Surely the function of an economy should be to provide for and create value to society? How can we even consider the economic benefits of our current path, when we know this path will create misery and disorder in vast areas of the world?

Quite frankly, if people are set to suffer unimaginable hardship as a result of the climate crisis, then an economic ‘benefit’ is irrelevant when contrasted with this suffering. And if there are any benefits in an economic sense, these should be directed towards helping in areas facing hardship?

After all, the areas set to suffer the worst impacts of a changing climate, have contributed the least to create the crisis. The West is responsible for the vast majority of historical emissions. The bitter irony is that the wealth generated as a result of those emissions means Western countries have the financial resources to best deal with what’s to come.


My fear about the changes taking place in our environment is not focused on the changes themselves, but how we deal with those changes. That is what the crisis will be. People will look out for themselves. Governments will consider their self-interest before those who are suffering in other parts of the world.

Self-interest is a poison that places a focus on the few, rather than the whole. If every country prioritises its self-interest, it will become easy to disregard the crippling impacts happening elsewhere. It is, after all, more comfortable to live by the mantra, if we can’t see it, it’s not happening.

The problem with this mentality is that the climate system doesn’t have borders. Changes in one part of the world can have destabilising effects in other parts of the world. The problem requires us to see the world as one unified system. Unfortunately, we don’t see the world this way. As the crisis begins to accelerate countries will become more entrenched, protecting their self-interests.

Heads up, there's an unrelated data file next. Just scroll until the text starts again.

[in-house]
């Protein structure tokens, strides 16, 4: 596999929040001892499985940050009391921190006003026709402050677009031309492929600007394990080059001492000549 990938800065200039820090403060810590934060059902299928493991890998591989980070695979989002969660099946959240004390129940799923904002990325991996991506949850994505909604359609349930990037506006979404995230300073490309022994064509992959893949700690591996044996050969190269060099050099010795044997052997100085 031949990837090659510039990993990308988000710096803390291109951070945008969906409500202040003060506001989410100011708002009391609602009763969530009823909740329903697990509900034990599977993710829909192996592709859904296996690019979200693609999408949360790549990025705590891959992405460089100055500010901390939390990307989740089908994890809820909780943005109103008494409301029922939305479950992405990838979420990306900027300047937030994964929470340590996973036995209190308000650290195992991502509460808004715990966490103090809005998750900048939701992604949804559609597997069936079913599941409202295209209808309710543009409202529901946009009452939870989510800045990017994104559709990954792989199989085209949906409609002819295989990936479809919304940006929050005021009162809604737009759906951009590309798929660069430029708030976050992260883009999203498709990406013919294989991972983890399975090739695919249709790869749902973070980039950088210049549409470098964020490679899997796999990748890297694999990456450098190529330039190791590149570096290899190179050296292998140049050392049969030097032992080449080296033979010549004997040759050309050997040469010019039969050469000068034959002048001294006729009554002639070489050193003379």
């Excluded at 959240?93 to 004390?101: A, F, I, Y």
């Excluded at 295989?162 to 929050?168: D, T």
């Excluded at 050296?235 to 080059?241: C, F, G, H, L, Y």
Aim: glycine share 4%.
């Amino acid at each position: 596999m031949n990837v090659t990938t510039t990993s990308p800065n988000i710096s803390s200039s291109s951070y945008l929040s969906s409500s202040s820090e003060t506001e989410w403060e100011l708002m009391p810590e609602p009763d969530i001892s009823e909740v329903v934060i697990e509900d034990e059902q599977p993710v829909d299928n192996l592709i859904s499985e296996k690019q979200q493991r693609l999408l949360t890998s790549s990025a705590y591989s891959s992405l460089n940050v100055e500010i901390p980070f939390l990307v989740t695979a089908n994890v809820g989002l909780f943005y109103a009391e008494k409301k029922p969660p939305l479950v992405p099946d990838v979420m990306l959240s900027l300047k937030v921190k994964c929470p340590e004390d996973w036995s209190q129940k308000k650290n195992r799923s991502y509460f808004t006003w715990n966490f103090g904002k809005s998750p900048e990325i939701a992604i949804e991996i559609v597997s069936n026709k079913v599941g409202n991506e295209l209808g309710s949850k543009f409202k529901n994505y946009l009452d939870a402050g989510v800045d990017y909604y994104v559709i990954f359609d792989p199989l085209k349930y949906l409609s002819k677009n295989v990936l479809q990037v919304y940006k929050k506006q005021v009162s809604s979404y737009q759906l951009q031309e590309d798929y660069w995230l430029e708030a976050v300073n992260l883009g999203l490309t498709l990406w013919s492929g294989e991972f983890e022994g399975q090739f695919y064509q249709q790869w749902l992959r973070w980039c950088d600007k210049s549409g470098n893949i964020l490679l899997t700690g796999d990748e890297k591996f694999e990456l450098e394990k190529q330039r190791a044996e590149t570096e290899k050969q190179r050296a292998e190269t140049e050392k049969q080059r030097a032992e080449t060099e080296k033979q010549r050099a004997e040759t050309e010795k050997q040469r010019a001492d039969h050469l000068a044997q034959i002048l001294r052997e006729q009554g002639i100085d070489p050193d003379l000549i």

The climate crisis provides us with an opportunity. Rather than seeing the world from the perspective of everyone for themselves, what we need is for people to see the world from the perspective of one system. Collaboration is vital if we want to solve the issues we’re facing. We will only have collaboration when there is compassion amongst people.

But what do we see? Countries are focusing on how they can benefit from the impending crisis. Does this reflect an attitude of compassion towards those set to suffer the worst impacts? Self-interest is at the heart of this point of view. If each country continues to focus on self-interest, we’re in for a bumpy ride. If the crisis creates compassion and solidarity amongst people, then we might be able to deal with what’s to come.

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Blogger and systems thinker | Place a lens on the social, economic and political causes of the climate crisis | Visit my website and blog at